They then took over the existing Dumm’s Corner Market, which they renamed in 2012 as the Town Center Market, and moved to a newer building less than 100 feet away.

Today, the Town Center Market focuses on grocery staples like ketchup and cereal as well as an extensive beer, wine and liquor section, including beer and wine on tap, a growler filling station and wines from Maryland and Virginia as well as Europe, Australia and California.

But as on other parts of Route 1, alcohol has turned out to be quite the attraction, owner Jim Spiropoulos told the Hyattsville Wire in an interview.

“We’ve always had a great base of the regulars, but the store has attracted people from outside of the area as it’s become a destination store for hard to find craft beer and bourbons,” he said.

He noted that the store recently had some 10-year and 12-year bottles of Pappy Van Winkle, a rare, limited-edition bourbon, as well as George T. Stagg, both of which are “very difficult to come by.”

The market also holds regular tastings and other events, often bringing in local food trucks to serve customers on its outdoor patio.

Now, Spiropoulos is expanding the outdoor section to include permanent roof and space for outdoor heaters that will allow people to sit outside comfortable, even when it’s cold and wet, offering a three-season patio.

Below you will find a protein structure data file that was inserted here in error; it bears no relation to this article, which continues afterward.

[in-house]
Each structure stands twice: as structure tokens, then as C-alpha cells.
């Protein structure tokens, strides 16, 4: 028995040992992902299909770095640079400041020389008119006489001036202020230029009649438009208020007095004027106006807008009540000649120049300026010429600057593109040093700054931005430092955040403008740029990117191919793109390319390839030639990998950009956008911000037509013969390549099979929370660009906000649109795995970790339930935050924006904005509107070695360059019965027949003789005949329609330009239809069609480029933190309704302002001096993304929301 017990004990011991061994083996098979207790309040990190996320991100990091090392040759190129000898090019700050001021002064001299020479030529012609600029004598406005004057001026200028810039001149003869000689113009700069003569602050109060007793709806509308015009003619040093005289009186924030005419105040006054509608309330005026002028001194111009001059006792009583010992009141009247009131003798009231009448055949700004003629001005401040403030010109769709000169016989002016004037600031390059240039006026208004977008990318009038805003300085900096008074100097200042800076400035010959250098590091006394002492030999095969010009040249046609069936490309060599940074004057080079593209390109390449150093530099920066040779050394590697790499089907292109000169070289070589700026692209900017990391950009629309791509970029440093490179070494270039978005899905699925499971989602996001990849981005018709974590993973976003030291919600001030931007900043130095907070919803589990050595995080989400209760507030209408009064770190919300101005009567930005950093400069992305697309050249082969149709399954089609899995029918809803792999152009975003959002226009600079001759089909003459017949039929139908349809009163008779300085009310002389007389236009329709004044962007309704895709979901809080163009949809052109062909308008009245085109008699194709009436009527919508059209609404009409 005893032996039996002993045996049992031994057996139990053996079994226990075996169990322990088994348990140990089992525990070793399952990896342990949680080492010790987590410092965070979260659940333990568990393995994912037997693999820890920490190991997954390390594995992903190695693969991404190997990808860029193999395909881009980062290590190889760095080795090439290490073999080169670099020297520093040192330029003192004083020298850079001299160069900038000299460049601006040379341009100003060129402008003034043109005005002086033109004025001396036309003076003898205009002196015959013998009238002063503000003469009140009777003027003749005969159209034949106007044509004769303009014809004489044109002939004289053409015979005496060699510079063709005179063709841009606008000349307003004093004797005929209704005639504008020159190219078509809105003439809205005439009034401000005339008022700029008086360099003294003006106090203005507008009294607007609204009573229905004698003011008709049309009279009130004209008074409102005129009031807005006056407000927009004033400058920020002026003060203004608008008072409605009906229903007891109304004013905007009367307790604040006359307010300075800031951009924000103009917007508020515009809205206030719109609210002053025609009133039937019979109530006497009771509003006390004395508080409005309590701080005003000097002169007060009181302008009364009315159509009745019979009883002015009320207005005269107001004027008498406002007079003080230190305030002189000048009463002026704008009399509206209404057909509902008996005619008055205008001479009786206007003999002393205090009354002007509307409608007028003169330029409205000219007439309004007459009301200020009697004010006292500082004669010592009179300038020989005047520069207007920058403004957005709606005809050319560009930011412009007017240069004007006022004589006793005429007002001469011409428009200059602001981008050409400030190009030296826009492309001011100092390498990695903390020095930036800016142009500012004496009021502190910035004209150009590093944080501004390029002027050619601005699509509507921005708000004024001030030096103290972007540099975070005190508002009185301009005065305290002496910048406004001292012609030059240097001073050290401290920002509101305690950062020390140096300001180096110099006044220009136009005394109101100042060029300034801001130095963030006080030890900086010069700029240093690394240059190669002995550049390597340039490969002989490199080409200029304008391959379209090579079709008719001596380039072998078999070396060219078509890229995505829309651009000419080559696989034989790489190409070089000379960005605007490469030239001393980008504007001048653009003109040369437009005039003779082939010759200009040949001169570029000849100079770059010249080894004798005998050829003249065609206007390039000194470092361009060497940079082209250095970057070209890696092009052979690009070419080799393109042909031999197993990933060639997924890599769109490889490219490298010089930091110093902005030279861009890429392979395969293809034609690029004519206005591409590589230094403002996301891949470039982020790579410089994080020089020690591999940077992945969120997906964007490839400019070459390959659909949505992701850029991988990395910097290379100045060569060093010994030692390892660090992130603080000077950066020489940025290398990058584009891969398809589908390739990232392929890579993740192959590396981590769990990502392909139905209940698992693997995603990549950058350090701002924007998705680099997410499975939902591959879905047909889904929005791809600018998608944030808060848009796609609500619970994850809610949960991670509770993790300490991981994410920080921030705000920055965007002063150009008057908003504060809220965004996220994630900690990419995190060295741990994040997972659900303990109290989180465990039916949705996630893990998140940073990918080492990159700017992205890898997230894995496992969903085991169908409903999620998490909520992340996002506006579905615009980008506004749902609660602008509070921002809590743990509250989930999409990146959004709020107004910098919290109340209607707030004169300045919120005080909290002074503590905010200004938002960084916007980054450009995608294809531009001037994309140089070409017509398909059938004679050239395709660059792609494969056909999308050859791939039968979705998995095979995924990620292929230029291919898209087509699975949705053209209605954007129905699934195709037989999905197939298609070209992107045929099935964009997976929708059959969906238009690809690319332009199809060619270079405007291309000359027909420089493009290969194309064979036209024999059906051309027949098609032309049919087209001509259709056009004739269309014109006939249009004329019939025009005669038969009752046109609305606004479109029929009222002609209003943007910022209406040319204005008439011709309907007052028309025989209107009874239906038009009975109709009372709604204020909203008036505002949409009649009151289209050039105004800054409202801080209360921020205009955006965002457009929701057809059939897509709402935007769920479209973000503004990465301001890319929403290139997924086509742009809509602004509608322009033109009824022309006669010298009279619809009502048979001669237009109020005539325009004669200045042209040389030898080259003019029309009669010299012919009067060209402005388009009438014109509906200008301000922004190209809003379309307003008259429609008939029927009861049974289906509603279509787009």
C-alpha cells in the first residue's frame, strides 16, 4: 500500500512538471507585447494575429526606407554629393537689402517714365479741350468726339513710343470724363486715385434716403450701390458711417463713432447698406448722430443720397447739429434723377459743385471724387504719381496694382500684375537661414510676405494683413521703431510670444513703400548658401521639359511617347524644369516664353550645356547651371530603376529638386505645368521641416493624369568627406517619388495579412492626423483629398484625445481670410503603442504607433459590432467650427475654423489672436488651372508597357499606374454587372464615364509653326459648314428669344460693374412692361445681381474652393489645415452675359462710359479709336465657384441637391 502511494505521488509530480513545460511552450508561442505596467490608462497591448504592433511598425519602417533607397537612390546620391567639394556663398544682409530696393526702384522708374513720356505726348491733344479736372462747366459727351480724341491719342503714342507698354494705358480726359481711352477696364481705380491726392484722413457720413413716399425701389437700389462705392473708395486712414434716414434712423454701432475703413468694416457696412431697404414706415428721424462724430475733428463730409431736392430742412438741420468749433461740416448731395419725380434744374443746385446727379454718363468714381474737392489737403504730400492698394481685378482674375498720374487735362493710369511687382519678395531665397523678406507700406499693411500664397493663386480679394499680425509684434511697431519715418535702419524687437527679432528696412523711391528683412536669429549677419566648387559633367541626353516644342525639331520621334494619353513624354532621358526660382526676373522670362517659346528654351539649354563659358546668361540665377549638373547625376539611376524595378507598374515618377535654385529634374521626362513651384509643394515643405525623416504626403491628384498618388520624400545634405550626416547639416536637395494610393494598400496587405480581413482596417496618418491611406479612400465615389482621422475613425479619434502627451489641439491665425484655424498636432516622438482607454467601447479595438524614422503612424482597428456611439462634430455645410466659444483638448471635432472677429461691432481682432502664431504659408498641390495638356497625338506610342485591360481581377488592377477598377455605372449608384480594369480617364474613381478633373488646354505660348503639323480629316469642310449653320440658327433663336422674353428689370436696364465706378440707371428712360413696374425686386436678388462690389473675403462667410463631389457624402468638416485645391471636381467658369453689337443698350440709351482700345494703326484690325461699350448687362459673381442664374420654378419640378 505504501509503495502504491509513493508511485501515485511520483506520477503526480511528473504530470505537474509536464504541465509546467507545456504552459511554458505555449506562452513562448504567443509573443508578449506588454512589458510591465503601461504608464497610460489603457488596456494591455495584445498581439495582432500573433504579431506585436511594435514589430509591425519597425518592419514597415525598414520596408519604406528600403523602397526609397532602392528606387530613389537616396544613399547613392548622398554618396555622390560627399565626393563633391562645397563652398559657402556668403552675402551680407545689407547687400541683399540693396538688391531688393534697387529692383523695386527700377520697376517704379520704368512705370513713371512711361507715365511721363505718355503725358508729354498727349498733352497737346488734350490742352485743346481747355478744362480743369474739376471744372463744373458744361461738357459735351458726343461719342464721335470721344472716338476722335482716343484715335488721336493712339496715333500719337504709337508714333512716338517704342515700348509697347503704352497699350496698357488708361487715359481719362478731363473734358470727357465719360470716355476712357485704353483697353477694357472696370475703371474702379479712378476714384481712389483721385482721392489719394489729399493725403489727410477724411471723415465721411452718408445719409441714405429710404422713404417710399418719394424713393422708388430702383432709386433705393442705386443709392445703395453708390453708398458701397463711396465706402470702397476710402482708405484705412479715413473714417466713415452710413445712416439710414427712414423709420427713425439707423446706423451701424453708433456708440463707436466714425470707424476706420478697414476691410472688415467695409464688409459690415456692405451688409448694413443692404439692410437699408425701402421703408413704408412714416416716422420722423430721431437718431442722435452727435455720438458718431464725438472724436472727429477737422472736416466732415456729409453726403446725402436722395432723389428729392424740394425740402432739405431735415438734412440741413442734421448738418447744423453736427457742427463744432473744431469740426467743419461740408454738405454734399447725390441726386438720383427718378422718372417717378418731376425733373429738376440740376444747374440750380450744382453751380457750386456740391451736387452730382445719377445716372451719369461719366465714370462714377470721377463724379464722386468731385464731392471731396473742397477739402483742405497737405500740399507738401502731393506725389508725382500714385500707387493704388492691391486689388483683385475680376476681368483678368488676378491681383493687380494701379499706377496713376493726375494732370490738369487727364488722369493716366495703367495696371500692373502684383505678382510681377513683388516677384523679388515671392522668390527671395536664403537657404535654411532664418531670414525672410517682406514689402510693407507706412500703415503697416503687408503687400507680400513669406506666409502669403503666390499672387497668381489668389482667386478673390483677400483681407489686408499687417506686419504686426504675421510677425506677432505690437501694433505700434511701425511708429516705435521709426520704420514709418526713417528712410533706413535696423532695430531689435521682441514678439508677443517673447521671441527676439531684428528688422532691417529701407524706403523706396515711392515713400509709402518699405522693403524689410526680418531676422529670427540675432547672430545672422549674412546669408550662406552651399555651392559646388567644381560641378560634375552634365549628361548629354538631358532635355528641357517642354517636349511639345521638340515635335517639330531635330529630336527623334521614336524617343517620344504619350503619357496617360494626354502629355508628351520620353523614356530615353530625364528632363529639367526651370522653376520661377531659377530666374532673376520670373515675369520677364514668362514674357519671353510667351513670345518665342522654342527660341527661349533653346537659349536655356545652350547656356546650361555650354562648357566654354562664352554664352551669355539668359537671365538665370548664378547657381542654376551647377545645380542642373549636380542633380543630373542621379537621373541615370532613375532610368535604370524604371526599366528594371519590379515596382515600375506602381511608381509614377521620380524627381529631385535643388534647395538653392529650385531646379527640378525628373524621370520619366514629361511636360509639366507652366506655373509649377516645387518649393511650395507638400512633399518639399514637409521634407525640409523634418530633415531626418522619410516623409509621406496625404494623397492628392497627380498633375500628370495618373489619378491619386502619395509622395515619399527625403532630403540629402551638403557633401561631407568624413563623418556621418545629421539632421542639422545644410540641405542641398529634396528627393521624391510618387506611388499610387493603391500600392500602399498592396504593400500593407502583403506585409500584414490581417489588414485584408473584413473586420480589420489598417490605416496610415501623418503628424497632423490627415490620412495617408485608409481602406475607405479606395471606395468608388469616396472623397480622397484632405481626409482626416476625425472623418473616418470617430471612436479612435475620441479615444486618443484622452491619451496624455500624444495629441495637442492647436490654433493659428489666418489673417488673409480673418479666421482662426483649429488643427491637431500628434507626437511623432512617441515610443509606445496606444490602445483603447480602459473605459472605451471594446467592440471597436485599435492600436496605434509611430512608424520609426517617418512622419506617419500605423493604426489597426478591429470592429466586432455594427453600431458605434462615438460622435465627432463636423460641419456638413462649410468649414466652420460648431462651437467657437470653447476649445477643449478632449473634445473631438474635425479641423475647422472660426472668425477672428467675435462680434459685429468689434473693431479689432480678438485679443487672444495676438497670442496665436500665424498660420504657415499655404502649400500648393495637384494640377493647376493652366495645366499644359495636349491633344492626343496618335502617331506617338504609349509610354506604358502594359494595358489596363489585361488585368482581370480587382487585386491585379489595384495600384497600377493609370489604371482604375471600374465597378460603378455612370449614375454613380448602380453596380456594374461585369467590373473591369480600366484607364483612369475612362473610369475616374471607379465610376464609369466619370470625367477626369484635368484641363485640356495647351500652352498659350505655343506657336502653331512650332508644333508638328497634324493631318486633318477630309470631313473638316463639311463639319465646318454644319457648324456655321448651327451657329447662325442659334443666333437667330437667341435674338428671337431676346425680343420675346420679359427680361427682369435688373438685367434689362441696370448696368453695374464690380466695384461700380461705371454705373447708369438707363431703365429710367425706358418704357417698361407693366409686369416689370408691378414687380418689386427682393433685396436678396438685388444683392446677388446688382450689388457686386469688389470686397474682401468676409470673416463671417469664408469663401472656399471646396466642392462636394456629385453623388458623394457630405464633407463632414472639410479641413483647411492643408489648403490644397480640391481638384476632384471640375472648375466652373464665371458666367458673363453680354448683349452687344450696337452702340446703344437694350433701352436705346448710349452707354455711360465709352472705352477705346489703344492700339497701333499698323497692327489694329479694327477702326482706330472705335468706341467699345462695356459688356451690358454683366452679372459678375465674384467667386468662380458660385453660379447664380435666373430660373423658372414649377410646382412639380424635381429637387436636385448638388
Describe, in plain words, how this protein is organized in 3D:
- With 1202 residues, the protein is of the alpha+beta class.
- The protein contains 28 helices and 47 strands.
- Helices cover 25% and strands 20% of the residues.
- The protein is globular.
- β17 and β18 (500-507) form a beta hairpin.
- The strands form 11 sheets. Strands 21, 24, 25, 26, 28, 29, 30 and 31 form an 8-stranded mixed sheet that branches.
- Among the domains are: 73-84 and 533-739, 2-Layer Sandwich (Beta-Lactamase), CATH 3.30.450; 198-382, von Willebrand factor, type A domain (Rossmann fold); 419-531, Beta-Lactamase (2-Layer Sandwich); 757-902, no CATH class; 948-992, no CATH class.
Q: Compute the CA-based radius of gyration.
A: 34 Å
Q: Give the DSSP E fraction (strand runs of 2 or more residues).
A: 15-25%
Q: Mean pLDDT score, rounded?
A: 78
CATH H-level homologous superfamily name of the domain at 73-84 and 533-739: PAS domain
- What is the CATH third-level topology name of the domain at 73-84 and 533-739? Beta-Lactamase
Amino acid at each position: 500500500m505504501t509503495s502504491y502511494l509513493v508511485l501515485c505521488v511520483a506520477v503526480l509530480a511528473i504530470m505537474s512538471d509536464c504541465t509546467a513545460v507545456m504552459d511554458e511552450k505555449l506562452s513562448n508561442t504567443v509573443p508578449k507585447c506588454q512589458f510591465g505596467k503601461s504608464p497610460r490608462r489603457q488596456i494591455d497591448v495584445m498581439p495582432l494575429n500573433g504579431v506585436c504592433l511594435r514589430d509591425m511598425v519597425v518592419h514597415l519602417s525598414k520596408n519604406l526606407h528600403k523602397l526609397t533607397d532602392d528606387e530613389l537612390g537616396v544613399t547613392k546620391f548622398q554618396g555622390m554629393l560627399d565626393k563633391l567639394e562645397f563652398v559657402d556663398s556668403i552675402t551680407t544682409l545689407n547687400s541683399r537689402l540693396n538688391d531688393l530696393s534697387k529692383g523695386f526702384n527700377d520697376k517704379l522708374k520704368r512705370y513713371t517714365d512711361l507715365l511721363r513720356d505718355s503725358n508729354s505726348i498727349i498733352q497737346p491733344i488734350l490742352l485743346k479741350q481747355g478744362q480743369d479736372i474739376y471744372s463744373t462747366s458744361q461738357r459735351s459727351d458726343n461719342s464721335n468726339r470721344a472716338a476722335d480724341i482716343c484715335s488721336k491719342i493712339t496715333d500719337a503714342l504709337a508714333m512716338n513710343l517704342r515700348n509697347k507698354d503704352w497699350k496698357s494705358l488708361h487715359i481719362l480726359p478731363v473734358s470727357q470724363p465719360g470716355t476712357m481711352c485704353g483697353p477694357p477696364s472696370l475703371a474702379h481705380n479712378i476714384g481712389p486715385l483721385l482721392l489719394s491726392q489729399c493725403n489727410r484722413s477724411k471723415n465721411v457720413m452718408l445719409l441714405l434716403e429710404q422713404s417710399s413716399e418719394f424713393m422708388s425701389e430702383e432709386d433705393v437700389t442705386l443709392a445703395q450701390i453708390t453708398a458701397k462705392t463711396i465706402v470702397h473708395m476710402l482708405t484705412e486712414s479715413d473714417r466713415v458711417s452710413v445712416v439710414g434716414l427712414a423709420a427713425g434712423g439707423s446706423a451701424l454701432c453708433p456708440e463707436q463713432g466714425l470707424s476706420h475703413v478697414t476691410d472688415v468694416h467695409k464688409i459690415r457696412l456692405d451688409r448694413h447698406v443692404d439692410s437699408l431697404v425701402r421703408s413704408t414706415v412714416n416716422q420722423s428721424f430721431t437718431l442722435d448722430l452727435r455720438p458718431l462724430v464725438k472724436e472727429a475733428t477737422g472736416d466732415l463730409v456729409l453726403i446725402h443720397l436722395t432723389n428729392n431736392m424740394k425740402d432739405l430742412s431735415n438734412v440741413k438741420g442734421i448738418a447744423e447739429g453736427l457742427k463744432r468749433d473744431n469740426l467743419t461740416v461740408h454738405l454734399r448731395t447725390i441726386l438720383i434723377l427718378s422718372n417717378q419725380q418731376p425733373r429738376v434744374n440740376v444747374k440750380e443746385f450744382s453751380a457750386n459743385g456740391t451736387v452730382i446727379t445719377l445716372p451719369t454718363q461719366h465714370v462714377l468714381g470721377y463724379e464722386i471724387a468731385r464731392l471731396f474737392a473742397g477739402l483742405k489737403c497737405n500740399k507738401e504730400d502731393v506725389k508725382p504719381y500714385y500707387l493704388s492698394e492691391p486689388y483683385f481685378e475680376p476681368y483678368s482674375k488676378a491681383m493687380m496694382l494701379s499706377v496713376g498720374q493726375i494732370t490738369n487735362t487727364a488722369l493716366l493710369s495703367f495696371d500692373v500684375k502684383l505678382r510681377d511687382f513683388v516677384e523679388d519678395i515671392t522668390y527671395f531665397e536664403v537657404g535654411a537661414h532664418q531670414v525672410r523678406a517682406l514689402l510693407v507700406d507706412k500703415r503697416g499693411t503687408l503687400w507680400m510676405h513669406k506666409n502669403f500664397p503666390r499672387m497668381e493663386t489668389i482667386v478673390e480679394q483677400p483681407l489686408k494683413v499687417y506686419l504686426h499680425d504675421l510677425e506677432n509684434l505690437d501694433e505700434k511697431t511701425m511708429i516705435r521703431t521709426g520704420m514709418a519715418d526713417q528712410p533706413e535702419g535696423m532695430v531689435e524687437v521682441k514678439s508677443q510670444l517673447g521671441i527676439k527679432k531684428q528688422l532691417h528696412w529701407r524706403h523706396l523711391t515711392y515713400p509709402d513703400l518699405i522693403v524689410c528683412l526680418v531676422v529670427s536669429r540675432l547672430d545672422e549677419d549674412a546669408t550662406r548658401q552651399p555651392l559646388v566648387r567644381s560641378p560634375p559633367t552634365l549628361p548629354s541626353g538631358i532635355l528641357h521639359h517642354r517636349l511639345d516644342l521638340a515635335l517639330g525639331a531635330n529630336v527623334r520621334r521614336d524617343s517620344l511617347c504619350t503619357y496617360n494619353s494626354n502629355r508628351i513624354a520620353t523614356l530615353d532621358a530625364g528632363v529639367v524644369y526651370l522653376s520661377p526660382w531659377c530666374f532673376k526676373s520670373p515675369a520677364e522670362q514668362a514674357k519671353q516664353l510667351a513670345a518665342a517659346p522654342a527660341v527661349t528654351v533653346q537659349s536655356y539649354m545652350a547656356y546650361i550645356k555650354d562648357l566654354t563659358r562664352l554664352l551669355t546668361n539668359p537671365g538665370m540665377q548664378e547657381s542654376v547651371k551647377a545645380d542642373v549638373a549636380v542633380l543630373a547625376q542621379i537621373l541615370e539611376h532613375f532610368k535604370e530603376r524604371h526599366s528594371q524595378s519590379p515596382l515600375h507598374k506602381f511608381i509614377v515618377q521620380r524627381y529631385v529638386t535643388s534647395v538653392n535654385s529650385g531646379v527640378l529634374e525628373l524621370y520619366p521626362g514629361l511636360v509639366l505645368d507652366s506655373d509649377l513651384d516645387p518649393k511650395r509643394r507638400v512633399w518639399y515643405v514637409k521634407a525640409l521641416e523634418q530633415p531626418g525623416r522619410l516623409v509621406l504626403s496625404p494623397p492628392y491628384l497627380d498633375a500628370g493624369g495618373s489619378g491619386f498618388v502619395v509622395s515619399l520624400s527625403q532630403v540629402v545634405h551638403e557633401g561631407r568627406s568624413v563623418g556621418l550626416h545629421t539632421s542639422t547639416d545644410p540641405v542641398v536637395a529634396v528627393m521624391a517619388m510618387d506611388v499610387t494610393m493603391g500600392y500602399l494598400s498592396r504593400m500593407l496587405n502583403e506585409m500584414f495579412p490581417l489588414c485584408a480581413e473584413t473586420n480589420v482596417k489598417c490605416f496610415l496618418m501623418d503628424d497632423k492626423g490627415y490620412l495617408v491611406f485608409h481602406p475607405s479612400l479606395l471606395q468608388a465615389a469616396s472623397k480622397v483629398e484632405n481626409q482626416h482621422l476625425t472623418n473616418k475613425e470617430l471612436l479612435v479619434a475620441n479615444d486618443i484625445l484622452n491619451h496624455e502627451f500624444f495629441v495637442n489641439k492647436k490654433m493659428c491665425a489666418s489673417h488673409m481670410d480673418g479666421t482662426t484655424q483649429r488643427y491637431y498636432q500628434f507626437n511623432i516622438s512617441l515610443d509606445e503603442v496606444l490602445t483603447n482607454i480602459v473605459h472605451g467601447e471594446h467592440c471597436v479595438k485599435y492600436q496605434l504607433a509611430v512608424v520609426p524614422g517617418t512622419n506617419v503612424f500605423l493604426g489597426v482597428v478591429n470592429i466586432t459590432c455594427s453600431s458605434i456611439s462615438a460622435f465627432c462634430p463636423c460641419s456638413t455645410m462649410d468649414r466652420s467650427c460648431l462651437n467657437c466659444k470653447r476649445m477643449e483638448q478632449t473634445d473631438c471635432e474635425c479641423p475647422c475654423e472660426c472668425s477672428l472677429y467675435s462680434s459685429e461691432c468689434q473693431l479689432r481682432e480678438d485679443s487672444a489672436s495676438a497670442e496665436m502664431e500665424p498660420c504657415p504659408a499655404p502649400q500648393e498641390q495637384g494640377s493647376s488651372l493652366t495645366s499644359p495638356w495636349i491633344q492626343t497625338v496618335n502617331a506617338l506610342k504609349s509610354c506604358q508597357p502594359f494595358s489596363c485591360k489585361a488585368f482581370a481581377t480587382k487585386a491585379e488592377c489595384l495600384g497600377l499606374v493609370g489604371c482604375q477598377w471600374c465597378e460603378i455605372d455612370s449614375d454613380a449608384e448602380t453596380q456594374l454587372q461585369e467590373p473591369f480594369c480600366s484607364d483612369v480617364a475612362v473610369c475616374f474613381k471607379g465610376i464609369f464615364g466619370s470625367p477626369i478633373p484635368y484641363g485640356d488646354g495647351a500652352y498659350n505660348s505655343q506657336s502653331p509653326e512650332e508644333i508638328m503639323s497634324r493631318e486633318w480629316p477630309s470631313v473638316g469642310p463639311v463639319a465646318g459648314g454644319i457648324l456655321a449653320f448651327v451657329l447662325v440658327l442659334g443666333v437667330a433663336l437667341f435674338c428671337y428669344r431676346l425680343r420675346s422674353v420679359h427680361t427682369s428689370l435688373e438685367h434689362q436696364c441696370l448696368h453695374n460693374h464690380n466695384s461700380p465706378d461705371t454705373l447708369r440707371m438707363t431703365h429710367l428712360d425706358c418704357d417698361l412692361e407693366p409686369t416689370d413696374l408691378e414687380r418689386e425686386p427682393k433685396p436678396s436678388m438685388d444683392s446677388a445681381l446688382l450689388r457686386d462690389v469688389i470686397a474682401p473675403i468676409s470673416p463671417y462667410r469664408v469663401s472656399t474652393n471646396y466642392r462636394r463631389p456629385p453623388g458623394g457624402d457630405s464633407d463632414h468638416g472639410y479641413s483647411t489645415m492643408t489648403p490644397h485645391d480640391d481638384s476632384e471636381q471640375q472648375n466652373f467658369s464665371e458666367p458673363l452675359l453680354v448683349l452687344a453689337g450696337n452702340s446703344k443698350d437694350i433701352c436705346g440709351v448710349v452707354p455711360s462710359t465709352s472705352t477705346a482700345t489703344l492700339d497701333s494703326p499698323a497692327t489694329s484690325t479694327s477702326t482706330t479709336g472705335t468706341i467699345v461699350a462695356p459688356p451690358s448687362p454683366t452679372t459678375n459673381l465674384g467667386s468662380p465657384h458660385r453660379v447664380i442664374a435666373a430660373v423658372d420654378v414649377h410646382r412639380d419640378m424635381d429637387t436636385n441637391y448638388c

“This mini expansion gives us more seating outside and protects customers from the elements,” he said.

Spiropoulos is waiting on some permits to clear and says the patio expansion should be completed by the spring.

When asked what he thought about the new development along Route 1 and specifically in Riverdale Park, he said:

“With the arrival of the Cafritz development with Whole Foods being there, it’s really changing the face of the area, especially our town, and I think it’s great to watch it happen. Though we are anxiously awaiting the opening of the bridge. We’ve been a little choked off since they closed Lafayette Ave.”

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Hyattsville Named Top D.C. Suburb in 1903

With all the new development along Route 1, the area has gained a reputation as a top D.C. suburb. But it’s not the first time.

The Hyattsville Wire came across an interesting news clip from the Washington Times’ May 3, 1903, Sunday edition entitled, “Beautiful Suburban Environments of the National Capital.”

Hyattsville was featured as a flourishing community with easy access to D.C.

Here are two particularly interesting excerpts from the article: